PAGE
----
Fast radio bursts (FRBs) are intense pulses of radio wave energy that usually last only a matter of milliseconds and come from somewhere deep in the cosmos. Astrophysicists detect these signals emanating mostly from faraway galaxies, but they do not yet understand the origin of the pulses. The bursts are extremely intense at their source, putting out as much energy in one millisecond as the Sun does in an entire day. However, by the time they reach earth they are very weak and difficult to detect.
A new study, published in the journal Nature and involving 74 co-authors from 30 different institutions, has now presented details of the largest sample of FRB data ever obtained from one single source. Unfortunately, rather than enhancing our understanding of this fascinating phenomenon, the observations have simply deepened its mystery.
The cosmic fast radio burst observations were made in late spring 2021 using the massive Five-hundred-meter Aperture Spherical radio Telescope (FAST) in China. The team, led by Heng Xu, Kejia Lee and Subo Dong from Peking University, and Weiwei Zhu from the National Astronomical Observatories of China, along with astrophysicist Bing Zhang from the University of Nevada, Las Vegas, detected 1,863 radio bursts in 82 hours over 54 days from an active source called FRB 20201124A. “This is the largest sample of FRB data with polarization information from one single source,” said Lee.
Some observations of FRBs from within our galaxy suggest that they originate from magnetars, which are dense, city-sized neutron stars with incredibly powerful magnetic fields and the ability to release vast amounts of energy. For example, in April 2020 astronomers detected an FRB coming from inside our own Milky Way galaxy and pinned its location down to a known magnetar, SGR 1935+2154. However, the exact origin and cause of the FRBs from other, distant galaxies is still undecided, with various people suggesting rapidly rotating neutron stars, black holes, or even extraterrestrial intelligence.
The latest observations leave scientists even more in the dark than they were before, questioning what they thought they knew about FRBs. “These observations brought us back to the drawing board,” said Zhang, who also serves as founding director of UNLV’s Nevada Center for Astrophysics. “It is clear that FRBs are more mysterious than what we have imagined. More multi-wavelength observational campaigns are needed to further unveil the nature of these objects.”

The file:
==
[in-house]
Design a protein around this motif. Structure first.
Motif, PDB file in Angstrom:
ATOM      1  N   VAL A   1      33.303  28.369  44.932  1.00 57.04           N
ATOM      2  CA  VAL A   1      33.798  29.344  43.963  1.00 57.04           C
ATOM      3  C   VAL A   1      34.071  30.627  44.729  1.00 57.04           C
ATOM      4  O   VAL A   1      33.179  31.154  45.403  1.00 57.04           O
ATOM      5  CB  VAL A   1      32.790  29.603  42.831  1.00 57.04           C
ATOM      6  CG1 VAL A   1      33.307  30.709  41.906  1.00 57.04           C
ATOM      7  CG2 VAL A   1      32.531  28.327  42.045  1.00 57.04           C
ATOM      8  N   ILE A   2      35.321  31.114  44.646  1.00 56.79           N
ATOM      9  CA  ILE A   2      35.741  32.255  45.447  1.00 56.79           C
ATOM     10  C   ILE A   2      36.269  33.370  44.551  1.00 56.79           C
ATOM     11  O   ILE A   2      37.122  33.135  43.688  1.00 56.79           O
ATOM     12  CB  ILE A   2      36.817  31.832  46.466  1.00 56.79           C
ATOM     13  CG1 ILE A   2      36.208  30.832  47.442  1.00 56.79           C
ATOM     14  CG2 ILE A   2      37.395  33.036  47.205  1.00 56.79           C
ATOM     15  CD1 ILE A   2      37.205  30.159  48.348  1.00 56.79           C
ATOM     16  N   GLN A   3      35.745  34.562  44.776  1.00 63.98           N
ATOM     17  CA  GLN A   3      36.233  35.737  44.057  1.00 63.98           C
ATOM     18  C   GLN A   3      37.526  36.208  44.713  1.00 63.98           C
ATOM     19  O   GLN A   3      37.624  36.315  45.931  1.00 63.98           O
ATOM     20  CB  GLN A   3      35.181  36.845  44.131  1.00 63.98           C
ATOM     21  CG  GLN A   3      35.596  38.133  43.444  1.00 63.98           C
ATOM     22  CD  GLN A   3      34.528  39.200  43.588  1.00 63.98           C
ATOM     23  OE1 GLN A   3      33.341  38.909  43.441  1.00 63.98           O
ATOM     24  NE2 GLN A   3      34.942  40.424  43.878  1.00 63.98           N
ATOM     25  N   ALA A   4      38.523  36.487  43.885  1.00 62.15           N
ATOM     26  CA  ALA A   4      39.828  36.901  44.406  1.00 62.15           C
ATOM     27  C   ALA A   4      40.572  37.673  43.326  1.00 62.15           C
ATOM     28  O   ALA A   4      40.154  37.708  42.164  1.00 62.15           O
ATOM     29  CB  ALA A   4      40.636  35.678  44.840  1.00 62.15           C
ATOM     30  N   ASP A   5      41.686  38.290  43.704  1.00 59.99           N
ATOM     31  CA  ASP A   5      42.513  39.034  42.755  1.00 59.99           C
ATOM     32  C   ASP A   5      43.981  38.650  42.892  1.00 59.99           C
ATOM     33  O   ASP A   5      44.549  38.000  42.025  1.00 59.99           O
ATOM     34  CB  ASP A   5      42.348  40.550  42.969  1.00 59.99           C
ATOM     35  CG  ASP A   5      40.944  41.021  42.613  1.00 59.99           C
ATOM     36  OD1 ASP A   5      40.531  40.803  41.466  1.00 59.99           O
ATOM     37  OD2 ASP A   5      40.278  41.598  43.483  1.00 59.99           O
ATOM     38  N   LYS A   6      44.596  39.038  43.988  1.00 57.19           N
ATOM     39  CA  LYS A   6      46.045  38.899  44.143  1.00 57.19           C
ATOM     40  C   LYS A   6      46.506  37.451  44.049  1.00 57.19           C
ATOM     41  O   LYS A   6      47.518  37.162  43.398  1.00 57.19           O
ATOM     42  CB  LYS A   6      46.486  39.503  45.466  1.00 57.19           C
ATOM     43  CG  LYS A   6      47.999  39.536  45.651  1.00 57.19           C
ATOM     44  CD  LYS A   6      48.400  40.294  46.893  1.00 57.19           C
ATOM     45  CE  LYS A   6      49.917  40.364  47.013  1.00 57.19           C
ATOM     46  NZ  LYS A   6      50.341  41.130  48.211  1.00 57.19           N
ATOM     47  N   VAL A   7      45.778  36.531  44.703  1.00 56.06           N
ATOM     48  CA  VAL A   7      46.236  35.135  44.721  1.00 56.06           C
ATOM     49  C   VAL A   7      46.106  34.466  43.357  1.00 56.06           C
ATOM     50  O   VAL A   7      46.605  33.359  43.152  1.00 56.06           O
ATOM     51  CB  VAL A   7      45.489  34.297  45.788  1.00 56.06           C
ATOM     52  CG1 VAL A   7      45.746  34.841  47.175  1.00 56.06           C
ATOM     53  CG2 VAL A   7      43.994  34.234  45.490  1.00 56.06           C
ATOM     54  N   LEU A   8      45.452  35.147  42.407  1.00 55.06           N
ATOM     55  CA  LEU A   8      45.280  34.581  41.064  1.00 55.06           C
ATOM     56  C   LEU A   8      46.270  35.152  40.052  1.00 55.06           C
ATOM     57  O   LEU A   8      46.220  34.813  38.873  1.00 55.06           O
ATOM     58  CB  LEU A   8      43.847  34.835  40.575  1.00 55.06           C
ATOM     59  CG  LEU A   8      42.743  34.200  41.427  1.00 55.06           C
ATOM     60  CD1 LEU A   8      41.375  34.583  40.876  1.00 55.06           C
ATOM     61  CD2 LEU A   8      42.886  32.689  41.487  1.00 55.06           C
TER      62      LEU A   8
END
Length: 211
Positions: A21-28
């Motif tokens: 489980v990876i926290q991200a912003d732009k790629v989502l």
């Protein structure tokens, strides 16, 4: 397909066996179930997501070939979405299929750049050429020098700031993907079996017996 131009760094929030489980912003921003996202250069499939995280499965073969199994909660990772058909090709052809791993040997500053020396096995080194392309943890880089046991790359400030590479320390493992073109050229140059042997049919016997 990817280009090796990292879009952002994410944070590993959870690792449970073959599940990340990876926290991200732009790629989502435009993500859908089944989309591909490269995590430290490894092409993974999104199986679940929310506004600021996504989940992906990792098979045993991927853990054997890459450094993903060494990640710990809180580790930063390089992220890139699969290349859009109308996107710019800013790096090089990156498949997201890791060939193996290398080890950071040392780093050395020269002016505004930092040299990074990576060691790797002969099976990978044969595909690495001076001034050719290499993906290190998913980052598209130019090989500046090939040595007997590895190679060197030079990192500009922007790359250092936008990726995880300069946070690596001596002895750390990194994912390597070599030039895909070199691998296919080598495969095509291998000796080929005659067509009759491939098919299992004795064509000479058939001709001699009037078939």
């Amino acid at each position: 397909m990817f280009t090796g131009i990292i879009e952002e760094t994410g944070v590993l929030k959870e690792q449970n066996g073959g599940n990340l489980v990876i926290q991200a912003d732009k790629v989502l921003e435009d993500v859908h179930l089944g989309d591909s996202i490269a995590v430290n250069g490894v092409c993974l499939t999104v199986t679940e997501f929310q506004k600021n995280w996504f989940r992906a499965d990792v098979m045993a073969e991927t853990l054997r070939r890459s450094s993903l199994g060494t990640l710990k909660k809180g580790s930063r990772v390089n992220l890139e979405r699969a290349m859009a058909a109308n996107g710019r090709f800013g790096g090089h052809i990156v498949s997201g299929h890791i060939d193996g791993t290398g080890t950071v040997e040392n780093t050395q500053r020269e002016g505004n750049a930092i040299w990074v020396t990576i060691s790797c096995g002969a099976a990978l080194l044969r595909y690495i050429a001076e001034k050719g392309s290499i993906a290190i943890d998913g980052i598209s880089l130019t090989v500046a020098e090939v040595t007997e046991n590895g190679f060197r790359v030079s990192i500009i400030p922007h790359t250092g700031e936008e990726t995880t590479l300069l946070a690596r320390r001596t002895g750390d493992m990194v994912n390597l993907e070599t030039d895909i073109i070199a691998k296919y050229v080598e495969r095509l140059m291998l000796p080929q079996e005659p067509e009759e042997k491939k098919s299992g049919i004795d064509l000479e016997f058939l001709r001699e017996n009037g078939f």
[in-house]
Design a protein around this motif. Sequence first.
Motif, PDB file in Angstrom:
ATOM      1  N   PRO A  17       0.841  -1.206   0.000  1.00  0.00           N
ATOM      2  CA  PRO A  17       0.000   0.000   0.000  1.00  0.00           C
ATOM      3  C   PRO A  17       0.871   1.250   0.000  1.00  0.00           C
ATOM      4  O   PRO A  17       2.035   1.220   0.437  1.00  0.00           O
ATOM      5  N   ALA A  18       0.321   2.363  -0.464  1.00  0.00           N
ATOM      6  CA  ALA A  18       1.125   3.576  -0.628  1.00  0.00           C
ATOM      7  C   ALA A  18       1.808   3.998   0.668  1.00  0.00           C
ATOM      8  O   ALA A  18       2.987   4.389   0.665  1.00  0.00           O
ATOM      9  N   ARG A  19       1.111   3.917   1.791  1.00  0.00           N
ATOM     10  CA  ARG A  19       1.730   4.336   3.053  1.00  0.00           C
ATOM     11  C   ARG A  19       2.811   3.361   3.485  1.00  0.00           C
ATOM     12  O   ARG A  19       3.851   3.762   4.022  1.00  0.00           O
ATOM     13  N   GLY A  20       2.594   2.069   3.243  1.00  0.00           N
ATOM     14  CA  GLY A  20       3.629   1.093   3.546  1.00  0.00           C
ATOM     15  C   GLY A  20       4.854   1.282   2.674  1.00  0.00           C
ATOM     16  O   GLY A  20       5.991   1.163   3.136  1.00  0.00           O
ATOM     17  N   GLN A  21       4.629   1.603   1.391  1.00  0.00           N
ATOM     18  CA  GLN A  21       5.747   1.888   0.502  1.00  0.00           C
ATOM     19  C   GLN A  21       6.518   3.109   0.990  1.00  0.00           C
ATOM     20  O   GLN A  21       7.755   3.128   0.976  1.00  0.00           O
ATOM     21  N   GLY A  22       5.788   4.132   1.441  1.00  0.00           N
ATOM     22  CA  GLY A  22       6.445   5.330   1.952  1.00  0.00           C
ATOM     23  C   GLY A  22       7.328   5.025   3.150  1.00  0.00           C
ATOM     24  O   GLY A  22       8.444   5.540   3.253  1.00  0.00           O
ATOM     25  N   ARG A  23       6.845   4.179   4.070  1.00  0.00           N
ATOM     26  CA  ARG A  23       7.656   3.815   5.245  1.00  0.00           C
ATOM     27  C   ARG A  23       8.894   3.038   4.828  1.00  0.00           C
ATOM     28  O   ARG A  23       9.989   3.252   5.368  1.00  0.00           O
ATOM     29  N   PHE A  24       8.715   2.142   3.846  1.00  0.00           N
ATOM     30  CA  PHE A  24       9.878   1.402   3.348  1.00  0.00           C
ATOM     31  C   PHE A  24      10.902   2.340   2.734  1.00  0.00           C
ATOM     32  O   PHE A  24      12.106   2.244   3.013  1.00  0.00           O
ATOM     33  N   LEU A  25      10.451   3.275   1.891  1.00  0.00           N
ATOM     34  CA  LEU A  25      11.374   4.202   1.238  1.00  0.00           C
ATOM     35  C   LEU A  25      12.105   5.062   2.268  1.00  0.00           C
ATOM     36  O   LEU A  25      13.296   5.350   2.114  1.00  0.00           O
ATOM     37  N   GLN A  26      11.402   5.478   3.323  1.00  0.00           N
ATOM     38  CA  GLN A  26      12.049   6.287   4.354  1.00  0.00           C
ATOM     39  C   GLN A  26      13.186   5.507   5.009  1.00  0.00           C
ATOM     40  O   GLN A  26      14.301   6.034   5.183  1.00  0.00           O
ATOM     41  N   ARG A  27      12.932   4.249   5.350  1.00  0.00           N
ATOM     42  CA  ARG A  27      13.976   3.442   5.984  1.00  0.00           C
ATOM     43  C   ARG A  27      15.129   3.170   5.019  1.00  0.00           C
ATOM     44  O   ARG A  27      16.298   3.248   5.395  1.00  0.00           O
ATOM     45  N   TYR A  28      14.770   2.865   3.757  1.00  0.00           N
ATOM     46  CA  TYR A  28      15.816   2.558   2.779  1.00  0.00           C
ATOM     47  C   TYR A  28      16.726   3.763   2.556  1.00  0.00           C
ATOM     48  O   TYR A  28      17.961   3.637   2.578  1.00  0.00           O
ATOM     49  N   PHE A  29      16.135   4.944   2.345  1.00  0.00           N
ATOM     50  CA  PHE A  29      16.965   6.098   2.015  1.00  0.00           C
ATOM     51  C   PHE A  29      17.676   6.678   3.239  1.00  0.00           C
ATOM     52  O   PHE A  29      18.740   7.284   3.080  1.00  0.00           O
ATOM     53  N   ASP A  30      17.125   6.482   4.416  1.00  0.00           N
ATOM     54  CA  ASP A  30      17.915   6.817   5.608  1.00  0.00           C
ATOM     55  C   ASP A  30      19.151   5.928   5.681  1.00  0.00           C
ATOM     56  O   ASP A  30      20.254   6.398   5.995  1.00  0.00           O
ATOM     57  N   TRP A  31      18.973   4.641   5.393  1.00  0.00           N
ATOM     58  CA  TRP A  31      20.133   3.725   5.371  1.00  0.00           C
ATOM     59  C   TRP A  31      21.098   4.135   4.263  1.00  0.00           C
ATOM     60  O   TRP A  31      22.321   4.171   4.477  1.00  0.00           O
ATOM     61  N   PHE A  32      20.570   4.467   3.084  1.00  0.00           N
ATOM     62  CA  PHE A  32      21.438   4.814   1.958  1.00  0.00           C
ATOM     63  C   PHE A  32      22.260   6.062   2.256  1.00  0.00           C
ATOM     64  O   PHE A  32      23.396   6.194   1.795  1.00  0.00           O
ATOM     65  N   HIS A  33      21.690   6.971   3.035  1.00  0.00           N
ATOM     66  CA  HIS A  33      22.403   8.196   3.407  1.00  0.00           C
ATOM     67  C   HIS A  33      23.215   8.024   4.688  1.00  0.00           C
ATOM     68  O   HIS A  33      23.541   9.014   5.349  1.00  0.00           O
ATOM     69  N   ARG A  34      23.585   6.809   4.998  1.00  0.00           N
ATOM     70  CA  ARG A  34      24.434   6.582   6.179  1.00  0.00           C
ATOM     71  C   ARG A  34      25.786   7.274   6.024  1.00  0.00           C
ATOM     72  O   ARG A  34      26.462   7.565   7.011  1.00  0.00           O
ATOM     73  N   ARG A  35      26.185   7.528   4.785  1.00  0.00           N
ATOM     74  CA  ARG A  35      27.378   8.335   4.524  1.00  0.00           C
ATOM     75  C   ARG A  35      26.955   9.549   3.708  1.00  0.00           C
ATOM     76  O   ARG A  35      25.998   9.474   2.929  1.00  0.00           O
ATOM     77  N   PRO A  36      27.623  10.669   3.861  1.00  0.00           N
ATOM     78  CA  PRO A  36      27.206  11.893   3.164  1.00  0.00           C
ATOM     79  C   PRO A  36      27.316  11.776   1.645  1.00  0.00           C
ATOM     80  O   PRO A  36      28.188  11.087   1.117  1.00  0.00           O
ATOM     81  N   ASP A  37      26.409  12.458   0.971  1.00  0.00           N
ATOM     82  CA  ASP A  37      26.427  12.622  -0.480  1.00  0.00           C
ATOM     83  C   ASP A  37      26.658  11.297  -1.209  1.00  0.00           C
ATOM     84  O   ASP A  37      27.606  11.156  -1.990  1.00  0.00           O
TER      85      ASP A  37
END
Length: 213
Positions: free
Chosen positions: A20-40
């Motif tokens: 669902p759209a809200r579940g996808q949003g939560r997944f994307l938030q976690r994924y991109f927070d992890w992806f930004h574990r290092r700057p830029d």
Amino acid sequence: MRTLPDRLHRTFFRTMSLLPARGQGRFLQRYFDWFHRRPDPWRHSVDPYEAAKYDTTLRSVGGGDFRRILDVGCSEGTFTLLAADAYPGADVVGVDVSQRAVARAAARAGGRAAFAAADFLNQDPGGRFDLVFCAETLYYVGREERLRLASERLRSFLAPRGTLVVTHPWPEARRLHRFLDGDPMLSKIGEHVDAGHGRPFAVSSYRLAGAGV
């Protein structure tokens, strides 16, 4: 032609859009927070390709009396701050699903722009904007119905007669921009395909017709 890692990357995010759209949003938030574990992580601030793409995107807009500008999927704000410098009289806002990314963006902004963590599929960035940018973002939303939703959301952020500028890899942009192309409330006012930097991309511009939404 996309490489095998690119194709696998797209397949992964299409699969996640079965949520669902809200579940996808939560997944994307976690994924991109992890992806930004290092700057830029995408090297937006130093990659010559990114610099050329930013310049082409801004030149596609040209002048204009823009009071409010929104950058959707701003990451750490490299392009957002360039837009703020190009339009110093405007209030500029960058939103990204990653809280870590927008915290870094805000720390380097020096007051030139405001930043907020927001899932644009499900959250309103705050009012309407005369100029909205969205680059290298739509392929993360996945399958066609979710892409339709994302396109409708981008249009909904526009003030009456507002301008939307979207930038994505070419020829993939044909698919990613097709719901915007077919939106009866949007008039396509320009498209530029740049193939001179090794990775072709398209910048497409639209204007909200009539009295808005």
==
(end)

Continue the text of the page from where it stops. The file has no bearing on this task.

What makes the latest observations surprising to scientists is the irregular, short-time variations of the so-called “Faraday rotation measure,” which is a measure of the strength of the magnetic field and density of particles in the vicinity of the fast radio burst source. These measurements varied by increasing and decreasing during the first 36 days of observation, and then suddenly ceased to vary and became constant during the remaining 18 days before the source became silent.
“I equate it to filming a movie of the surroundings of an FRB source, and our film revealed a complex, dynamically evolving, magnetized environment that was never imagined before,” said Zhang. “Such an environment is not straightforwardly expected for an isolated magnetar. Something else might be in the vicinity of the FRB engine, possibly a binary companion,” hypothesized Zhang.
To observe the galaxy that was host to the source of the FRBs in the current study, the team also made use of the 10-m Keck telescopes located at Mauna Kea in Hawaii. Zhang says that young magnetars are believed to reside in the active star-forming regions of a star-forming host galaxy. But when the researchers investigated the optical image of the host galaxy for the current FRB signals it showed, unexpectedly, that the host galaxy is a metal-rich, barred spiral galaxy, like our Milky Way, that has no significant region with star-forming activity.
“This location is inconsistent with a young magnetar central engine formed during an extreme explosion, such as a long gamma-ray burst or a superluminous supernova, widely speculated progenitors of active FRB engines,” said Dong.
So, for now at least, FRBs remain enigmatic signals of some process occurring in distant galaxies, and their cause or source continues to be both mysterious and perplexing.